Darija can be regarded as the most used language of Morocco. Since Darija is not a written language, its grammar and structure are not clearly uniform throughout the country. In addition, Darija has little to no official language status in Morocco, despite it being the mother-tongue and lingua franca of the majority of Moroccan people. Thus, what we loosely refer to as Darija is the combination of mutually intelligible languages or varieties that extend across the length and breadth of Morocco.
The Darija spoken in different regions is characterized by subtle differences in pronunciation and structure. One of the commonly known varieties of Darija in Morocco are the mainstream dialect which dominates major cities such as Casablanca and Rabat. We also find other regional dialects like the ones spoken in Tangier and the one spoken in the Saraha region called Hassania.
How hard is it to learn Moroccan Darija?
As a non-Arab native English speaker, I find Moroccan Arabic, henceforth Darija, more challenging than Standard Arabic or other common varieties of Arabic. I will even go a step further and say that it is the most difficult, in my opinion. This is understandable considering that Morocco is the furthest Arabic speaking country from the Arabian peninsula.
How long does it take to learn Moroccan Darija?
There is no simple answer to this question. The relative ease of learning a particular language depends on the similarities with your own language, how important the language is for you, and, how much you immerse yourself in the language environment.
One problem that learning Darija poses is that it is almost exclusively a spoken language. Darija is not used in education, the courts, government, or religion. Standard Arabic is the default language for these sectors. So, in order to best learn Darija, one needs to be listening and speaking Darija.
Why should you learn Darija?
We have, thus far, established that Darija is neither the most commonly spoken dialect of Arabic nor the easiest to learn. So why then, should you learn Darija? I have come up with 4 reasons that you should learn Moroccan Darija.
- If you already speak Arabic, French or Spanish then you have already gained a foothold into Darija. You can easily build on your already acquired language skills and with a little effort be able to learn a whole new, unique language.
- If you are a student of Linguistics, a related discipline, or merely interested in language in general, Moroccan Darija is an amazing example of language change and development over time. By learning the magnificently rich attributes of Moroccan Darija you will be able to deepen your understanding of language in general.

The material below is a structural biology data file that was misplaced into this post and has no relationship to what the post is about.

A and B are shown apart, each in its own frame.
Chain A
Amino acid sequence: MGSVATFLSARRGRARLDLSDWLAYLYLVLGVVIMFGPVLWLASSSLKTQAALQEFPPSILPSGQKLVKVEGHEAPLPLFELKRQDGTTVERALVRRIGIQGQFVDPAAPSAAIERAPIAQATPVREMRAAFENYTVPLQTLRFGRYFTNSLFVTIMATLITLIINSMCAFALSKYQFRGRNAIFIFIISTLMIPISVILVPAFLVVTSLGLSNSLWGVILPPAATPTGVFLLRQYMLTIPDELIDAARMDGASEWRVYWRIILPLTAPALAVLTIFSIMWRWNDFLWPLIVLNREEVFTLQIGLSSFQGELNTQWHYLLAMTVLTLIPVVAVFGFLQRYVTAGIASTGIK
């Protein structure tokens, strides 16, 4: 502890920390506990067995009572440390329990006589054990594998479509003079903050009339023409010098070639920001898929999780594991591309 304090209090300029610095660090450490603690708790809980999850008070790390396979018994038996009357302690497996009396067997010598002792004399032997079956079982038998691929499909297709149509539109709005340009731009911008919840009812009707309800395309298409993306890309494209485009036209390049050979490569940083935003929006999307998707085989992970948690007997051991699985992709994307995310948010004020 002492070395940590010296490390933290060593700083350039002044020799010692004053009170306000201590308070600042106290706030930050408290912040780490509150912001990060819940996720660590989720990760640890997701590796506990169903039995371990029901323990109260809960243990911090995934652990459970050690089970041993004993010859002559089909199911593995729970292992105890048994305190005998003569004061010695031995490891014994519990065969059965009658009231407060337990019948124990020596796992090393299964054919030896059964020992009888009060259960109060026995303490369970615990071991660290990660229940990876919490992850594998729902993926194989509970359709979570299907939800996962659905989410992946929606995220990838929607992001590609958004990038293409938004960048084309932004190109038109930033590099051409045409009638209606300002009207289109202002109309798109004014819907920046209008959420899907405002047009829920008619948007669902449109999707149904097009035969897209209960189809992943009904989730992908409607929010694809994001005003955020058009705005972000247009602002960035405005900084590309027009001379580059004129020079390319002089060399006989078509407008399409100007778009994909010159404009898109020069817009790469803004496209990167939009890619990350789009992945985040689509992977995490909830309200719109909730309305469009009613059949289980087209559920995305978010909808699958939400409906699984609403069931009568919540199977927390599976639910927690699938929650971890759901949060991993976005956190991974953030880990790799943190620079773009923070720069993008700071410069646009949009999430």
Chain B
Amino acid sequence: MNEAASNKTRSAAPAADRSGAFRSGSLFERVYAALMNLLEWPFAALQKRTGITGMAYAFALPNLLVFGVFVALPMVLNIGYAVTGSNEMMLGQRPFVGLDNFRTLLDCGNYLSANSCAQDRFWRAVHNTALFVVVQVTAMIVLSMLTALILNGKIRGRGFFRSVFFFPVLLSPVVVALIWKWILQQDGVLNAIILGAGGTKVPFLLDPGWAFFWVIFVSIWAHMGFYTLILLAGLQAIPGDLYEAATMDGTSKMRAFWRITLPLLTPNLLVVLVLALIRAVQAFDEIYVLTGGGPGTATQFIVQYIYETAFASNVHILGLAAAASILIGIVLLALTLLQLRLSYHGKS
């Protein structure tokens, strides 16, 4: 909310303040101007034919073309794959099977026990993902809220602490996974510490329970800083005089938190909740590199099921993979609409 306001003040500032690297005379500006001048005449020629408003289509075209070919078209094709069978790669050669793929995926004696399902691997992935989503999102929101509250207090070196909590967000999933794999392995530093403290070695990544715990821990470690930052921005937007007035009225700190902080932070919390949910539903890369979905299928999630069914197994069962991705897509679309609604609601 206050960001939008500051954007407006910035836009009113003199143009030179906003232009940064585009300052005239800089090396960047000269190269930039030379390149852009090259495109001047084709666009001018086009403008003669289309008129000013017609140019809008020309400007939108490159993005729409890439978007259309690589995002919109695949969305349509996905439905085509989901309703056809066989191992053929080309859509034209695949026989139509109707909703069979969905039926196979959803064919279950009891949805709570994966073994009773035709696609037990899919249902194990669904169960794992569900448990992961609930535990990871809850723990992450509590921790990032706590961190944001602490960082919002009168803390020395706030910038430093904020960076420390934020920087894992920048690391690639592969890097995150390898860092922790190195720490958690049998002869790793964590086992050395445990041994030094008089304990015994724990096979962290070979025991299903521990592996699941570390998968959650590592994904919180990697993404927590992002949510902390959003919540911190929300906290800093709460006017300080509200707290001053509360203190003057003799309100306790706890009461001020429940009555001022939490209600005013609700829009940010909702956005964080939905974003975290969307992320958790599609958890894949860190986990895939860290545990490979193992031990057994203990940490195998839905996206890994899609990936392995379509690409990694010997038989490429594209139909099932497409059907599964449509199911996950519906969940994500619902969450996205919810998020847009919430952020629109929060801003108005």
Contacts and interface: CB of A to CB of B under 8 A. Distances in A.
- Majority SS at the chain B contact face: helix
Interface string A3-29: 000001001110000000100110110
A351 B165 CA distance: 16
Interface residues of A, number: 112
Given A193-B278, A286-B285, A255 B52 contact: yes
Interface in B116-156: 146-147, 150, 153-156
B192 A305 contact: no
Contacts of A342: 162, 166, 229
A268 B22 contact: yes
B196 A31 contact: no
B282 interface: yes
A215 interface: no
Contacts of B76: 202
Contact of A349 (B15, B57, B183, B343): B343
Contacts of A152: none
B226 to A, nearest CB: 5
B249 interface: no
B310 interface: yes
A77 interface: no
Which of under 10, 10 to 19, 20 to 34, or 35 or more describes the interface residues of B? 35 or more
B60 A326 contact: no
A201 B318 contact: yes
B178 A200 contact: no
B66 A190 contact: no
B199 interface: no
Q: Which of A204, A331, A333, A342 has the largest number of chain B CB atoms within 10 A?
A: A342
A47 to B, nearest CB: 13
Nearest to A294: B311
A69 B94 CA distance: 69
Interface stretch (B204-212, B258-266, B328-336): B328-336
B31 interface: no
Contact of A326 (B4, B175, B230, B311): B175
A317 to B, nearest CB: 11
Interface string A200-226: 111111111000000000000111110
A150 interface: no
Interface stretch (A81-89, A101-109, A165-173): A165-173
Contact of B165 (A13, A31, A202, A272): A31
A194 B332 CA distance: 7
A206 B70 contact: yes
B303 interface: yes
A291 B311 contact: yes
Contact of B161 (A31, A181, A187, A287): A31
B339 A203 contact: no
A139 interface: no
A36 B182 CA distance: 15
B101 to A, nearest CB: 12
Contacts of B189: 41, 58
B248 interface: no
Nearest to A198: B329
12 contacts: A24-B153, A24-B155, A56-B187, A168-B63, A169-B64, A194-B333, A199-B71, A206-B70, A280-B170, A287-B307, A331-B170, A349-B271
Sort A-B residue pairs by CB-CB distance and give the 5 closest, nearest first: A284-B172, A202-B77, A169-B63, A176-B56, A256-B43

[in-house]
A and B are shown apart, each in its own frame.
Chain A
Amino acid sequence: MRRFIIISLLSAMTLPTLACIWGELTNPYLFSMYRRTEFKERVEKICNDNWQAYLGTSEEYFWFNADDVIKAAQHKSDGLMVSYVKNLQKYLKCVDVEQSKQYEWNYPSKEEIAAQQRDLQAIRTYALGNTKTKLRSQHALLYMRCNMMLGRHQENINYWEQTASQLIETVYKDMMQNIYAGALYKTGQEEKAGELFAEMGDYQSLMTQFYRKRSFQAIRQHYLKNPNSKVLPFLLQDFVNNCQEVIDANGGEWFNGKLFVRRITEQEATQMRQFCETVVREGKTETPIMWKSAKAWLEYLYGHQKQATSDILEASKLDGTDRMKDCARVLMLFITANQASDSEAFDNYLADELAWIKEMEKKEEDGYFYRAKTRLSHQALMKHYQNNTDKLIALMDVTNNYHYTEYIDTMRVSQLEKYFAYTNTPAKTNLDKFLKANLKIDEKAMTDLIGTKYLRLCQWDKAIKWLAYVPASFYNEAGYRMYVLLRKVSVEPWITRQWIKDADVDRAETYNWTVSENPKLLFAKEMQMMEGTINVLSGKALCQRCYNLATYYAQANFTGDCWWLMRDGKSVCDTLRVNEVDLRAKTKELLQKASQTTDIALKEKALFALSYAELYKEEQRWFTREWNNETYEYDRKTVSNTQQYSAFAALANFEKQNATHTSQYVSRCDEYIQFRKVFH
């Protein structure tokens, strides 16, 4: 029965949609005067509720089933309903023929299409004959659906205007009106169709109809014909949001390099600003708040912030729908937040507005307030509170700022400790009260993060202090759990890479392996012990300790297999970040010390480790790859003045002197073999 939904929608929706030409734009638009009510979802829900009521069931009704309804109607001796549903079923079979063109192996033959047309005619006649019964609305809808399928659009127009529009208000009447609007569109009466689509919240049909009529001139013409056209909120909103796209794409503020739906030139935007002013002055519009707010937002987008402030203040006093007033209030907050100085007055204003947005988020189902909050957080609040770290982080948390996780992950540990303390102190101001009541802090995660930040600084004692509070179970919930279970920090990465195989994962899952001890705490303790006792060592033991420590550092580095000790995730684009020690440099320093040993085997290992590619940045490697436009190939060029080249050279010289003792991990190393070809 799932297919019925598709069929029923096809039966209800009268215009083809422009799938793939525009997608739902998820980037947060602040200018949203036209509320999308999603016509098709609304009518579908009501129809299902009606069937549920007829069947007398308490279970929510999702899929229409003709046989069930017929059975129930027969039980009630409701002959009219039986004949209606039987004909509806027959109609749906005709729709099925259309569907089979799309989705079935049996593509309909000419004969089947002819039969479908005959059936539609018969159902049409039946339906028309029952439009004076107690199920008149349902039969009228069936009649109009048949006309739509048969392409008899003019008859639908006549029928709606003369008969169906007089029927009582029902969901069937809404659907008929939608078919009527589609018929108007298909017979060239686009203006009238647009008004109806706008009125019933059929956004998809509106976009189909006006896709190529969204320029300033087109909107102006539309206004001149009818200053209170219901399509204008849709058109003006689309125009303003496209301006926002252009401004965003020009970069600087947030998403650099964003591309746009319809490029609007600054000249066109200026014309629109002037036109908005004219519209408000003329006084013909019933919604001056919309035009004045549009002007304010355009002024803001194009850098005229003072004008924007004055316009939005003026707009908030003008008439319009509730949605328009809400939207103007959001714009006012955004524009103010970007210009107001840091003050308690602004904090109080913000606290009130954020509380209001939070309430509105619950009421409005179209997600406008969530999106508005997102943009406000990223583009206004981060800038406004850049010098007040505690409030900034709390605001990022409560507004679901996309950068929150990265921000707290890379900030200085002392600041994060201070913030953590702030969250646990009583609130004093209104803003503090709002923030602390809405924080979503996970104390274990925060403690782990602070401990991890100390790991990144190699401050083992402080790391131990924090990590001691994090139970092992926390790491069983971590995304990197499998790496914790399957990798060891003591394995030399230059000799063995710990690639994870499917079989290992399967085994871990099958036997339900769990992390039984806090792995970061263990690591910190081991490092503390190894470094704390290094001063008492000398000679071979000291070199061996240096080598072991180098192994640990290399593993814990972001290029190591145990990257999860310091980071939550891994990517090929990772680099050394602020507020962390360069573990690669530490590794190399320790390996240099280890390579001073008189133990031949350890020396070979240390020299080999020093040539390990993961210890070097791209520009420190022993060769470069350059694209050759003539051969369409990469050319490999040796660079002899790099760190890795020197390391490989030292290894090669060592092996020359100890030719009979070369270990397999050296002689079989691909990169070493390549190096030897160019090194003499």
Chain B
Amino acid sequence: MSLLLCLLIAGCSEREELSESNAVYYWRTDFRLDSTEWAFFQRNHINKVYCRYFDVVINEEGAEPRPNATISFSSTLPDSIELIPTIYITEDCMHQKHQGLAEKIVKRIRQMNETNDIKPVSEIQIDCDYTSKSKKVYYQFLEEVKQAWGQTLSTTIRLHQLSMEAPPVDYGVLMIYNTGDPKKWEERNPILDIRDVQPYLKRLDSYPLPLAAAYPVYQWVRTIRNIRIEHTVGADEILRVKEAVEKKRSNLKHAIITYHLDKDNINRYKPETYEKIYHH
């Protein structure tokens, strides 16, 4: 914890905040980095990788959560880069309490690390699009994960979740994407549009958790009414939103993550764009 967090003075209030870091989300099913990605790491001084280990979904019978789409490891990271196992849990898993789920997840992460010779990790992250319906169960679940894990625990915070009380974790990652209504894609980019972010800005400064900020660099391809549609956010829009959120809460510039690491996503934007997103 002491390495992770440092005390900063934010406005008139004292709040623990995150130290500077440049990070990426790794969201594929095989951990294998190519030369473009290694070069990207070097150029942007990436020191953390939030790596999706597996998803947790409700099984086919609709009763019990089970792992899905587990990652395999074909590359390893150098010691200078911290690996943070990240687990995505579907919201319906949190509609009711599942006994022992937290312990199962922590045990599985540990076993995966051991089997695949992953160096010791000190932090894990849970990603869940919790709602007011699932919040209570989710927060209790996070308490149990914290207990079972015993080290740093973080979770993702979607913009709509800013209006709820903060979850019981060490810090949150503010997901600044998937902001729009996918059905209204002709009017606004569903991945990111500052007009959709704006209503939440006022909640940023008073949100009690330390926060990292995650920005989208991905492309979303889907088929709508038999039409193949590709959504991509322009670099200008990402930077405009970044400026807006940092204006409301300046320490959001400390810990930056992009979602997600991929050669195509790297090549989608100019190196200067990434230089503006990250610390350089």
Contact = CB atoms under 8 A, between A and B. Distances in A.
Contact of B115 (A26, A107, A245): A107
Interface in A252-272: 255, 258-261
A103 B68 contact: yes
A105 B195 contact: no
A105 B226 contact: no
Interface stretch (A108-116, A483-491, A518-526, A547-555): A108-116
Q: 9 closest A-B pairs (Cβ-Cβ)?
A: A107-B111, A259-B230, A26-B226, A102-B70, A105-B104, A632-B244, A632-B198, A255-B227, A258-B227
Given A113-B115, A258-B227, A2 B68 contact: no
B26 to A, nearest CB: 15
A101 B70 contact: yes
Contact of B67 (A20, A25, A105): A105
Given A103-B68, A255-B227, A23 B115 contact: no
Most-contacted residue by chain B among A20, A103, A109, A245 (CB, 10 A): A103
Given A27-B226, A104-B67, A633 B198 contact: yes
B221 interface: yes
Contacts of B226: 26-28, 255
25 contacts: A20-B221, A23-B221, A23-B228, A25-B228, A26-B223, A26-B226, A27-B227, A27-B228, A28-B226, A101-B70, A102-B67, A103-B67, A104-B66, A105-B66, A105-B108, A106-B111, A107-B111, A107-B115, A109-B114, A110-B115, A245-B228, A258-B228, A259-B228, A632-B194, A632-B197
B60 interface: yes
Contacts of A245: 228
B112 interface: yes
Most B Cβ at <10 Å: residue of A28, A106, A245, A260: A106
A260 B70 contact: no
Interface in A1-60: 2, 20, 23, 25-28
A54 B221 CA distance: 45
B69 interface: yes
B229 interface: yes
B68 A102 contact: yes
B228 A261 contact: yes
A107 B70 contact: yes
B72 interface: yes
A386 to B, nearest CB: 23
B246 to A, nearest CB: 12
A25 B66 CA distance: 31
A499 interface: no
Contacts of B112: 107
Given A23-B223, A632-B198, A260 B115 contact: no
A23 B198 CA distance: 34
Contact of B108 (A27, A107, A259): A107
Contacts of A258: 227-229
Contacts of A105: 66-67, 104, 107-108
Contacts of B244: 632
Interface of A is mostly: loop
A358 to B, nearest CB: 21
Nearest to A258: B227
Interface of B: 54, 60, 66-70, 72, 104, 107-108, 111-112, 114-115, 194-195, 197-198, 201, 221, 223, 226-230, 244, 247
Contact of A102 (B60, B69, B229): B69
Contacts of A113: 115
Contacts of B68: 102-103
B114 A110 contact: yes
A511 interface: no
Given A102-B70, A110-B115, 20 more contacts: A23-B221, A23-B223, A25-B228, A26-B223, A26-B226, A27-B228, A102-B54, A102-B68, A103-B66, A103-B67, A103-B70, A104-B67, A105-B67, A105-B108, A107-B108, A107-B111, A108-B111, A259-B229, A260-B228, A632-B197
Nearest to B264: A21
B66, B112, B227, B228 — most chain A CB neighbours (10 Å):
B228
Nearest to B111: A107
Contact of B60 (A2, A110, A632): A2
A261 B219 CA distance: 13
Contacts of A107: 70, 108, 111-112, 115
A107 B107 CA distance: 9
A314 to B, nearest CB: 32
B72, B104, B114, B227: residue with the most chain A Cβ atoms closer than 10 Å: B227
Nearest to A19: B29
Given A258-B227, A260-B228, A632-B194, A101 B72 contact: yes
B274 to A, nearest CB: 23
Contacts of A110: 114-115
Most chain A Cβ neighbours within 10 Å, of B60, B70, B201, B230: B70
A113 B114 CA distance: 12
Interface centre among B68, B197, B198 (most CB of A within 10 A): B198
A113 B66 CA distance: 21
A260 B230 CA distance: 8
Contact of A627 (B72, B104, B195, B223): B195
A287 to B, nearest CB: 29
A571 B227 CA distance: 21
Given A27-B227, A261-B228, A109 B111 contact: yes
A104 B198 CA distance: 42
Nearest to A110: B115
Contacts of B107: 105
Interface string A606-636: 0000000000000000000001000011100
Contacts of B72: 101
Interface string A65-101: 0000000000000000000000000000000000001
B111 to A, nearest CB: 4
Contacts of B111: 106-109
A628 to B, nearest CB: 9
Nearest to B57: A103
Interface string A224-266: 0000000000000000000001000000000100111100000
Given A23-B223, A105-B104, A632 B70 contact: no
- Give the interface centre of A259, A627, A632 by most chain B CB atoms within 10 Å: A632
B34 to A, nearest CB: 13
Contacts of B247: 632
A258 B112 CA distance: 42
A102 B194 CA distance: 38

- If you intend to travel to Morocco extensively you will benefit immensely from learning Darija. It is the only language that is known across Morocco with no exception. It is also the language that the people of Morocco proudly and affectionately consider their own.
- Last but not least, if you wish to learn a variety of Arabic that is so wildly unique and distinct from any other form of Arabic, for no other reason than to stand out or show-off among other Arabic speakers or the whole world, go ahead and learn Moroccan Darija.
Start with these useful Moroccan Darija phrases
My name is Chris Smiti Chris
How are you? Kif dayer?
I’m fine_ Ana labass
I’m from America Ana men Amrika
Thank you Chokran
How much is this? Chhal hada?
It is very expensive Ghali bezaf
This is big Hada Kbir
This is small Hada Sghir
Where is the market? Fin souq?
I’m going to the market A nmchi l Souq
Moroccan Darija learning resources
Given that Moroccan Darija is not the most spoken or learned language by foreigners, there aren’t that many resources available, Therefore, you should try to get your hands on as many books, and guides that you can. Go to your local bookstore or see what’s available online. The idea is to use whatever Darija material is available. But if you want a book recommendation, we suggest the Peace Corps Darija Textbook. You can find a pdf version online.
#2 Online tutors
There are several online learning platforms that you can use to find native Darija speakers like iTalki and Preply. These sites are good because they offer different tutors at different price ranges and have flexible learning option.
If you are on a tight budget or not ready to pay for tuition then Youtube is a great source of free language lessons. There are several channels offering free Moroccan Darija lessons. My favorite one to learn the Moroccan language is Learn with Tayeb channel.
Unfortunately, there aren’t any good and updated Instagram pages about leanring Moroccan arabic (Darija). But keep an eye on Instagram about upcoming ones.
#5 Online books and websites
Lastly, check for facebook groups, pages or helpful websites that offer valuable learning resources. Learn Arabic, Darija is a great Facebook group that provides support and help to foreigners who want to learn Moroccan Arabic.